While the Internet may know no borders, the U.S Government does.
At it happens, numerous export controls from the Commerce and Treasury departments cast a long shadow over the software industry, but Mozilla has secured a critical exemption that could have a broad impact on the open source movement.
“We really couldn’t accept the notion that these government rules could jeopardize the participatory nature of an open source project so we sought to challenge it,” Mozilla General Counsel Harvey Anderson told InternetNews.com. “We argued that First Amendment free speech rights would prevail in this scenario. The government took our filing and then we got back a no-violation letter, which is fantastic.”
Anderson explained that there are export and sanction rules that prohibit the export and sharing of certain technologies.
Vendors with normal software containing encryption are required to file for a license exception, but that regulation offers an exemption to open source vendors.
However, that exemption is nullified if the source code is distributed to any of the countries on the U.S embargo list, such as Cuba, Iran or North Korea. Under the open source export exemption, the project isn’t supposed to have knowledge of distribution to any of the embargoed countries, Anderson said.
During a recent Firefox download event, Mozilla posted a map on its Web site showing where downloads were occurring. Anderson said it became clear that a substantial number of downloads were coming from Iran. Mozilla then had knowledge that it was exporting to Iran, which could have put it in violation of the U.S export regulations, exposing the firm to criminal and financial penalties.
At that point, Mozilla made a voluntary disclosure to federal authorities in the hopes of securing a no-violation letter.
“What it really came down to is that these regulations could cripple the way an open source project works,” Anderson said. “At its very heart, open source is participatory and if the ruling went against us it would limit participation, and that would be a terrible consequence.”
Anderson said that the no-violation letter, which affirmed that Mozilla’s disclosures are permitted under U.S. rules, is a win for both the firm and the larger open source movement.
“What I think it means is that the government made the right decision by respecting free speech rights and open source projects and the value that they provide,” Anderson said. “So the government bought into our argument that writing code is free speech, which really means that people around the world can engage in this kind of speech through open source projects.”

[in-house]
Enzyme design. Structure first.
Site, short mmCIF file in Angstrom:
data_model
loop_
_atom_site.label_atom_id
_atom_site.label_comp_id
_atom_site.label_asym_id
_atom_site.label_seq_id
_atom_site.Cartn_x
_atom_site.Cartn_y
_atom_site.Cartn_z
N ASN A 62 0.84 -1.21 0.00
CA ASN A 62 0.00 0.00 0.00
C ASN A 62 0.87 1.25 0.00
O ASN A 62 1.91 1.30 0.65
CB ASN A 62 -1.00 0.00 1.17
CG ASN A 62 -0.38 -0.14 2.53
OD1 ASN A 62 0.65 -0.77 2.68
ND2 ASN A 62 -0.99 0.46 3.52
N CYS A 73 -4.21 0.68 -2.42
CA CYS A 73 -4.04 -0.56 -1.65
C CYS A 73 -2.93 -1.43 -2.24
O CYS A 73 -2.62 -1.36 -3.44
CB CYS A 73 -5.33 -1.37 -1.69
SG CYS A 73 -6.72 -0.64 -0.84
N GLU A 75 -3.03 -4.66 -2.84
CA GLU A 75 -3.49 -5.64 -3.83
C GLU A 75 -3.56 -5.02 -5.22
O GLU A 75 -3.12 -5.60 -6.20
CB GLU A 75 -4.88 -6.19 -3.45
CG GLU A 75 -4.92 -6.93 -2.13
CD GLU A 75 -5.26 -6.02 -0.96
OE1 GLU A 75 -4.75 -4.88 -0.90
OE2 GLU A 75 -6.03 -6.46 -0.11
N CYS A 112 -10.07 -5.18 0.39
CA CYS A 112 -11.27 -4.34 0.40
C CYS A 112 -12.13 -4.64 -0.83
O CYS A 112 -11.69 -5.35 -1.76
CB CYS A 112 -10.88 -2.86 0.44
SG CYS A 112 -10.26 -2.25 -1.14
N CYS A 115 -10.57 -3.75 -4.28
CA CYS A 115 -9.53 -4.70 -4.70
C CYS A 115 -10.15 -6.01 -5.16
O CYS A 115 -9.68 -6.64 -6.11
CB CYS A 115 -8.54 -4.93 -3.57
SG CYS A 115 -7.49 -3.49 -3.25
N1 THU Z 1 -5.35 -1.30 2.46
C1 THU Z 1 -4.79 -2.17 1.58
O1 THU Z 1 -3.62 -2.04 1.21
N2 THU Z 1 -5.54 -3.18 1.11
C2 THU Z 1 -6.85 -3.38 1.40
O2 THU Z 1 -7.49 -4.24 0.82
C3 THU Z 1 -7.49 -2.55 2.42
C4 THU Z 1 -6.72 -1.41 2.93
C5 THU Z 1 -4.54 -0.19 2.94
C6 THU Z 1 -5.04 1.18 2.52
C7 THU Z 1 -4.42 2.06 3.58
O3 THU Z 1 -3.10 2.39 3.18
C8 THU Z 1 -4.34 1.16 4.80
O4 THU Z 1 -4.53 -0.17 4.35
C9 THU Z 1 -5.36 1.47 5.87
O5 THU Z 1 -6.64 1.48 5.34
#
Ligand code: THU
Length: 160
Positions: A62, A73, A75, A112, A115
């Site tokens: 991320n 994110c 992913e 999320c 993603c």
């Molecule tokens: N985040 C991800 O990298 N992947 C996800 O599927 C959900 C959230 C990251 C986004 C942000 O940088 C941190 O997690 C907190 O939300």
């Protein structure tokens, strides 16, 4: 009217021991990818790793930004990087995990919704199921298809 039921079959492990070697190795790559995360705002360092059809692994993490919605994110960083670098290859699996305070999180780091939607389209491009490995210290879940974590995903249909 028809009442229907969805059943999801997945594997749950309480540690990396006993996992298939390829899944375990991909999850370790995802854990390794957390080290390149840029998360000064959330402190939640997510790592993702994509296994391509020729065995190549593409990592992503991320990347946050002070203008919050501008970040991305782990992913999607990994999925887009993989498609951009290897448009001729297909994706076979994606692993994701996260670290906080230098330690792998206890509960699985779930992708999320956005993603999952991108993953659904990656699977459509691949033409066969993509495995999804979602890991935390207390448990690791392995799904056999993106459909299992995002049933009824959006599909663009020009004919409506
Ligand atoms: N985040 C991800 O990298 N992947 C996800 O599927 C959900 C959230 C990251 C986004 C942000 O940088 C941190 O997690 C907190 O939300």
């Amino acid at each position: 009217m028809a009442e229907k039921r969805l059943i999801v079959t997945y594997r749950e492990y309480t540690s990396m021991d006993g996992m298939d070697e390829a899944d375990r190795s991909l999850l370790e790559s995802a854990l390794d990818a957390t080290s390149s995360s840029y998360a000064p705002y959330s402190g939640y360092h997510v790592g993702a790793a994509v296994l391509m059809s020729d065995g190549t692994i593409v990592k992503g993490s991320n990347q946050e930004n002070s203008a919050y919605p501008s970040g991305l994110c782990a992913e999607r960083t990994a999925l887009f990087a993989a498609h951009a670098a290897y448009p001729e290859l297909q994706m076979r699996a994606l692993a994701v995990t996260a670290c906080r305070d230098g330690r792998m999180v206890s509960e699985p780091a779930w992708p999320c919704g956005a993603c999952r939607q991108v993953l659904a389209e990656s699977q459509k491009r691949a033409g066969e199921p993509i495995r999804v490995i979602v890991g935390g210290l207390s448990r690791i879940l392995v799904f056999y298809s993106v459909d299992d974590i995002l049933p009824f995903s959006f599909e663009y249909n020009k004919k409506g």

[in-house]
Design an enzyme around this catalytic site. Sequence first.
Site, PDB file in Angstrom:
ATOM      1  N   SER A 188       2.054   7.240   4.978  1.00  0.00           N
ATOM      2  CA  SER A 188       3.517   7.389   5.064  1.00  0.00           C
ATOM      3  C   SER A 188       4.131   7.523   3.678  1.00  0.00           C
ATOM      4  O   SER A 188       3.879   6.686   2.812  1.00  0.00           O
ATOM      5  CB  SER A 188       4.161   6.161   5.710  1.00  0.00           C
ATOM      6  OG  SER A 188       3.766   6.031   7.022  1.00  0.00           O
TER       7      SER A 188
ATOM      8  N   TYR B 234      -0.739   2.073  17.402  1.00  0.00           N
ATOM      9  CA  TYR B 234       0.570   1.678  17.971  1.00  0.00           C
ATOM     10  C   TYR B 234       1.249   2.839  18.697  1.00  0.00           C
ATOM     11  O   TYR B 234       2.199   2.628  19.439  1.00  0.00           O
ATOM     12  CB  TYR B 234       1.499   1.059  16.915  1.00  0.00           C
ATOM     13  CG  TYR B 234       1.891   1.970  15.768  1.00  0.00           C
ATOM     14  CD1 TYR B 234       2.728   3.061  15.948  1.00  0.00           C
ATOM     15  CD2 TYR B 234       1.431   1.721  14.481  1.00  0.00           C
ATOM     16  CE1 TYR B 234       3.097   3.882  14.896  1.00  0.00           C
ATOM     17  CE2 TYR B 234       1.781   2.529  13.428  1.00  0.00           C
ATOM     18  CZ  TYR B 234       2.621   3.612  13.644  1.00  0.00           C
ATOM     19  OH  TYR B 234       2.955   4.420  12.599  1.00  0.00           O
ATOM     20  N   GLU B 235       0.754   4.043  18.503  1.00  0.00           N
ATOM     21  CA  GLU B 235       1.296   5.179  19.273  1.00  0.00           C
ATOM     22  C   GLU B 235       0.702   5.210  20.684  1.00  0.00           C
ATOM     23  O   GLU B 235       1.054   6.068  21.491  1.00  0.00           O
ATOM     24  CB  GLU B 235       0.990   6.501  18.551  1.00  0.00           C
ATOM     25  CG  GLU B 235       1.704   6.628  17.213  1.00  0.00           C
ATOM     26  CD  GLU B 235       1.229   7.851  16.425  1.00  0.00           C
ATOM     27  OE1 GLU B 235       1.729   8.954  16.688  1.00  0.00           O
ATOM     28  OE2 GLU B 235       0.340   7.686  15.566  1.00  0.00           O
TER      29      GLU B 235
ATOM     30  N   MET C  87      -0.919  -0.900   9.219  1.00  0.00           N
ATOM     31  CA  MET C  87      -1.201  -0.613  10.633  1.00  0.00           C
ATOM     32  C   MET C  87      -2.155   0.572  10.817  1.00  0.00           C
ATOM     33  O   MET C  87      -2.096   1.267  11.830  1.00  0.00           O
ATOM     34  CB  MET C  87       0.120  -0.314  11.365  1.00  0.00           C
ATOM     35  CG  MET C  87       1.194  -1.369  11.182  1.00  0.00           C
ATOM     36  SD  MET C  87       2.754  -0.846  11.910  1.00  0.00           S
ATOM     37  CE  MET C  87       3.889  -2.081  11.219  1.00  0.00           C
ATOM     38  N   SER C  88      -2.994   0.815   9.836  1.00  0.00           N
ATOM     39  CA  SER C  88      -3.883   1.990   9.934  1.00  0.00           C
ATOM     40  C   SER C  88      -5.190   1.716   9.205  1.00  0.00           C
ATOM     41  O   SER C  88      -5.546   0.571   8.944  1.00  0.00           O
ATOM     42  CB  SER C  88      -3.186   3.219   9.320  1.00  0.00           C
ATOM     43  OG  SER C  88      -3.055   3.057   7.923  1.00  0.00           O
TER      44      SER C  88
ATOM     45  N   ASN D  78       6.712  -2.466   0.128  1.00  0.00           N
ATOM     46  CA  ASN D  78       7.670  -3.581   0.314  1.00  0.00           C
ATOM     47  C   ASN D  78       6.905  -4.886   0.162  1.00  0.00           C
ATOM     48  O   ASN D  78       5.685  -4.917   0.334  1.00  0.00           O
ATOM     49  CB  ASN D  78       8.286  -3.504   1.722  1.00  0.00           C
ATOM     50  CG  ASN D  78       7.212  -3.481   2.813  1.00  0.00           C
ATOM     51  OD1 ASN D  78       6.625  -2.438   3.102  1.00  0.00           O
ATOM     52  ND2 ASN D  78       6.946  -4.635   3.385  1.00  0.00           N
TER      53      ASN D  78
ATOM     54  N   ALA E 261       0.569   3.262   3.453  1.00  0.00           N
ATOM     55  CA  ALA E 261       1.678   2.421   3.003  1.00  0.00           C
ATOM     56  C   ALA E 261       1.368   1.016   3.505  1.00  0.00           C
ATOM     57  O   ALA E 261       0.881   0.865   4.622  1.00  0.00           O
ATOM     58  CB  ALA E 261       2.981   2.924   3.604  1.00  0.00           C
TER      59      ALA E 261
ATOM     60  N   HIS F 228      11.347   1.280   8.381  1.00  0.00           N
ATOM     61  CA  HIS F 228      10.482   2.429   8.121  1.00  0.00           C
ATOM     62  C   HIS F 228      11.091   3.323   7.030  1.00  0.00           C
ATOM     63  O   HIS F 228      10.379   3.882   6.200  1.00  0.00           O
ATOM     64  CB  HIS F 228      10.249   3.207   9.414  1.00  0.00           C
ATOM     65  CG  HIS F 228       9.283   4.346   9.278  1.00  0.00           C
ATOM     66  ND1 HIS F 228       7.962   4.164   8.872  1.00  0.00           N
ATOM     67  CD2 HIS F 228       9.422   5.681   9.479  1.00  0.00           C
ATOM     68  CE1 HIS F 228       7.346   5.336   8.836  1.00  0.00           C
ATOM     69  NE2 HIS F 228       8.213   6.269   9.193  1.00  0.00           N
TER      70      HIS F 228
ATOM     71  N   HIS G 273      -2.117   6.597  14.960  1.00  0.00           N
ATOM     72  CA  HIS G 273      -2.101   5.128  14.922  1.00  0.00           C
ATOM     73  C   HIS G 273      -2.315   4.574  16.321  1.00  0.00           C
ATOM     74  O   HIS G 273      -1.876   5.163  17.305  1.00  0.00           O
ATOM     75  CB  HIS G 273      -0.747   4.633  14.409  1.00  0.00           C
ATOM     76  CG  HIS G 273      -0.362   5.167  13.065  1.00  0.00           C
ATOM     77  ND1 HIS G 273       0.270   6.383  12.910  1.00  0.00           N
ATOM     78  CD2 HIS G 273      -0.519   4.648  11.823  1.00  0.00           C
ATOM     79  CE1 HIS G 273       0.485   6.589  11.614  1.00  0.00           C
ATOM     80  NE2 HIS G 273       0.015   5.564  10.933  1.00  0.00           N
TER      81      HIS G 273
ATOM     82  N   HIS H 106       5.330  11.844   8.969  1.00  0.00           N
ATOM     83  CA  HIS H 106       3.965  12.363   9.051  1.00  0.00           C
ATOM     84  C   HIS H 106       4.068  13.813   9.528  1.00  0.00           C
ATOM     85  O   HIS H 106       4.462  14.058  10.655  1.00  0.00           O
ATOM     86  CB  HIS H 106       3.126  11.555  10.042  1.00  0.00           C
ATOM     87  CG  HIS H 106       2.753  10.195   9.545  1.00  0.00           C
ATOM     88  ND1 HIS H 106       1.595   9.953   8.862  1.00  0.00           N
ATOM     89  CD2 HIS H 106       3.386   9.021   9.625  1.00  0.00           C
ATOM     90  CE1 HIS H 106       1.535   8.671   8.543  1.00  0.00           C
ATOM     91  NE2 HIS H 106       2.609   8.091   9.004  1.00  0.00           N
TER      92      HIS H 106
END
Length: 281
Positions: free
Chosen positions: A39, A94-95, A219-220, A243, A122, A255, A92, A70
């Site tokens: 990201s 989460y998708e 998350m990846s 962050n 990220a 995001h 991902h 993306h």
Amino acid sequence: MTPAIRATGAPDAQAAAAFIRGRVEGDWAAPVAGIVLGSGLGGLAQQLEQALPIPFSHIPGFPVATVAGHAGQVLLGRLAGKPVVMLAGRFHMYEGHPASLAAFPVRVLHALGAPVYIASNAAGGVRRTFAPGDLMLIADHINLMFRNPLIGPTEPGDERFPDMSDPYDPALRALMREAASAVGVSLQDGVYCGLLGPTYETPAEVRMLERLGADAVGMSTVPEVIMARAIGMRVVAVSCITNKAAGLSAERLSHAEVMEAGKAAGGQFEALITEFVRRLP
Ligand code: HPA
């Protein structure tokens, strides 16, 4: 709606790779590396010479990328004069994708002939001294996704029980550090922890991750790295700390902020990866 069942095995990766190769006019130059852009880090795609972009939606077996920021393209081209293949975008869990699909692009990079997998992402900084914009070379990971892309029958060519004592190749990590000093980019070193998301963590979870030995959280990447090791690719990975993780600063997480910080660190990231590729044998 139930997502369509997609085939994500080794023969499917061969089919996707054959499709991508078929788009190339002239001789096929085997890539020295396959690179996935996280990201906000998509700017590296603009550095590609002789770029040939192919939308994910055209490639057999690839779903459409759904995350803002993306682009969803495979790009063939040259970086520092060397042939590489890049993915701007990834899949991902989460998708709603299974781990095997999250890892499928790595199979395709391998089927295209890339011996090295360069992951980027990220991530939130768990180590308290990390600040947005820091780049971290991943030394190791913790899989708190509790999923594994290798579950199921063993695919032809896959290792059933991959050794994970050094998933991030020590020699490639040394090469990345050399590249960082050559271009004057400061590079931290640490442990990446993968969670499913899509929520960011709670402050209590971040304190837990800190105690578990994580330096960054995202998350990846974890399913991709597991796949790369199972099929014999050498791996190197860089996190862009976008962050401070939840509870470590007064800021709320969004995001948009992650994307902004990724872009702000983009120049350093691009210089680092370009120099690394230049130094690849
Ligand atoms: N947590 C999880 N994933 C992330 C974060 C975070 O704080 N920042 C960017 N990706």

Short of the no-violation letter, Mozilla could have gone a few different routes to get around the export regulations.
Mozilla potentially could have simply blocked users from the embargoed countries from downloading Firefox. It also could have put the download servers in a different country. But for Mozilla, those were not attractive options.
“We thought that would be a terrible outcome to block users based on where they are,” Anderson said. “When we look out at the world we don’t see nationals of one country or another. We see a community and a user base. The notion of blocking by IP was offensive. That’s a brute force way to solve the problem.”
For Mozilla, the root of the issue is about participation, inviting people anywhere in the world to contribute to an open source project.
While Mozilla’s disclosure to the U.S government was limited to Firefox, Anderson believes that the no-violation letter has broader implications.
“I would interpret this no-violation to apply to Mozilla Thunderbird and other open source projects,” Anderson said. “Obviously folks should get their own legal counsel, but I think that there is a broader legal principle here. That is if you really are open source, participation by individuals around the world — irrespective of where — they are does not create a violation.”
That said, Anderson added that there are certain things that he remains cautious about. Whereas the distribution of source code appears to have won a regulatory exemption, direct commerce with nationals in embargoed countries that are subject to U.S sanction rules is a different issue.
In Anderson’s view, the U.S export rules still apply to open source organizations. It’s just that they don’t prohibit the specific activities that surround the open source exchange of information and technology.
Even though the no-violation letter is important to Mozilla and the open source community, Anderson does not see it as a precedent in a legal sense.
“This is an application of the regulations and case law that gave us a result,” he said. “‘Precedent’ is a pretty big word that is heavily weighted. But it’s a good result that is telling.”